Road to Ghana: Nkrumah, Southern Africa and the eclipse of a decolonizing Africa
Ahlman, Jeffrey S.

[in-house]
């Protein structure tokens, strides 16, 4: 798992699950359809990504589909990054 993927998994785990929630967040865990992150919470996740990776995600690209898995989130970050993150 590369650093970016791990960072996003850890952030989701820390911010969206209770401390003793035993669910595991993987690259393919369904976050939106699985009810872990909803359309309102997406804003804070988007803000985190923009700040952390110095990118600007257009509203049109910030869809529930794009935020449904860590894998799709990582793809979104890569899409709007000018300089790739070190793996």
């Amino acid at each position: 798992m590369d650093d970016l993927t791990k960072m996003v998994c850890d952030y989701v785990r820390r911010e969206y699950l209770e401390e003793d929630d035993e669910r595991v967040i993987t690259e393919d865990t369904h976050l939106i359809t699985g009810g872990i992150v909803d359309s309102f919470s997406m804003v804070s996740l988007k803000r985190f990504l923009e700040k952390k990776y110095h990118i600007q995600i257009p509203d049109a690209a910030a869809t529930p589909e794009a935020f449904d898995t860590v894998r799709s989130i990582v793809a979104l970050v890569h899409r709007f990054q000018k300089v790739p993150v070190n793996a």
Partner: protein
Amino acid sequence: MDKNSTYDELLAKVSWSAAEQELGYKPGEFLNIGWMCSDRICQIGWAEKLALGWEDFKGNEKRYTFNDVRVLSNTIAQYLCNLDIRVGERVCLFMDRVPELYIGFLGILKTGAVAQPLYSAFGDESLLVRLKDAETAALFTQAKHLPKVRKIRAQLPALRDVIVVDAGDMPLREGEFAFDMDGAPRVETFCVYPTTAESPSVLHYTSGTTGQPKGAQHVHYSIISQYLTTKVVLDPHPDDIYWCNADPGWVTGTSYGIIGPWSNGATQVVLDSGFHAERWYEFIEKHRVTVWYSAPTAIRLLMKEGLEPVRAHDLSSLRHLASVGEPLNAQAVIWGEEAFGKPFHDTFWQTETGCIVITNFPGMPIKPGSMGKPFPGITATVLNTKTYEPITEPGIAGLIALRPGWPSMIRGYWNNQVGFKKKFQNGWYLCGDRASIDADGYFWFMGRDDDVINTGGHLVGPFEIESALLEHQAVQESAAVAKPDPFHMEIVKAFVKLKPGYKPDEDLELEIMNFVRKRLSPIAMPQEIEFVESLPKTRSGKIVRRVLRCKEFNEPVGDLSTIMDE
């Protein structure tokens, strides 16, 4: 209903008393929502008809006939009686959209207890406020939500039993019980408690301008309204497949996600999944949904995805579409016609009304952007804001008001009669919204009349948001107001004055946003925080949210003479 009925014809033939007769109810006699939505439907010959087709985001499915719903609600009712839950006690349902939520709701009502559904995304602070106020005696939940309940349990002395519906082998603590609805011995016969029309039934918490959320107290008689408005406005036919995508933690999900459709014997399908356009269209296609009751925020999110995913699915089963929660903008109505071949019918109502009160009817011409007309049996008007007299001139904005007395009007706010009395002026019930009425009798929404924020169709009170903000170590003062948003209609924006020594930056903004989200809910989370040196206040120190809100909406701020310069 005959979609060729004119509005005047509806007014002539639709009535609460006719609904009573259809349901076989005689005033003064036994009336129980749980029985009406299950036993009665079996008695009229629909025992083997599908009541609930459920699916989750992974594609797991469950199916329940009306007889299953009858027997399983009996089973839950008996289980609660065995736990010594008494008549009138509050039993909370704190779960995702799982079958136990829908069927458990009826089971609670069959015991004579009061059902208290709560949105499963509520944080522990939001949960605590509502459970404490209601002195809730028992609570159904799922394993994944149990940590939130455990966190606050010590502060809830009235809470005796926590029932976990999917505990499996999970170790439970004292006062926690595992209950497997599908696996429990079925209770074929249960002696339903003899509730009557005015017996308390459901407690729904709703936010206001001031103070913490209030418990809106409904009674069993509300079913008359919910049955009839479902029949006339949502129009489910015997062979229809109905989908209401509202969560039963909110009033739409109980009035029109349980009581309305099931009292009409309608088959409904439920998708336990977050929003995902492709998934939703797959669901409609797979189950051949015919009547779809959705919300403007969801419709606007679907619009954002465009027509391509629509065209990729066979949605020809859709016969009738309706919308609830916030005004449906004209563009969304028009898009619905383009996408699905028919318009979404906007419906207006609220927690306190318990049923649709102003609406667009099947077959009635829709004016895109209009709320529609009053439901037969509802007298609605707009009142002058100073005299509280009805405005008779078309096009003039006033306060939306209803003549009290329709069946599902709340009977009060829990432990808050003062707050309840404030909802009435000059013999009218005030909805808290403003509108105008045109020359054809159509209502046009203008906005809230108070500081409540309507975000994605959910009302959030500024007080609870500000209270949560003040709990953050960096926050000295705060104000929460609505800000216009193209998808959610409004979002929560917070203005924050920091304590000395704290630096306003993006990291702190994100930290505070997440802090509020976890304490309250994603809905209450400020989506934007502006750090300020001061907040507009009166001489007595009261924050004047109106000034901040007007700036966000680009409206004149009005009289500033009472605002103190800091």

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This article interrogates the position of Accra as an ‘extra-metropolitan’ centre for southern African anti-colonial nationalists and anti-apartheid activists during the so-called ‘first wave’ of Africa’s decolonization. Drawn to Ghana by a narrative of decolonization and continental pan-Africanism that was at once peaceful and revolutionary, southern African ‘Freedom Fighters’ and expatriates first traveled to the Ghanaian capital of Accra in anticipation of the 1958 All-African Peoples Conference. Inside Ghana, southern African parties including the ANC and NDP and later the PAC, ZAPU and ZANU worked with the government of Kwame Nkrumah’s Convention People’s Party (CPP) in establishing an anti-colonial policy that spoke both to the unique settler situation in the region and the heightening international tensions of the emergent Cold War – a transnational dialogue to which the Nkrumah administration was not always receptive. As such, this article argues that the southern African presence in Accra and the realities of settler rule in the region challenged Nkrumah’s and others’ faith in the ‘Ghanaian’ model of decolonization, thus leading to a radicalization of African anti-colonial politics in Ghana during the early and mid-1960s as Nkrumahand his allies faced the prospect of the continent’s ‘failed’ decolonization.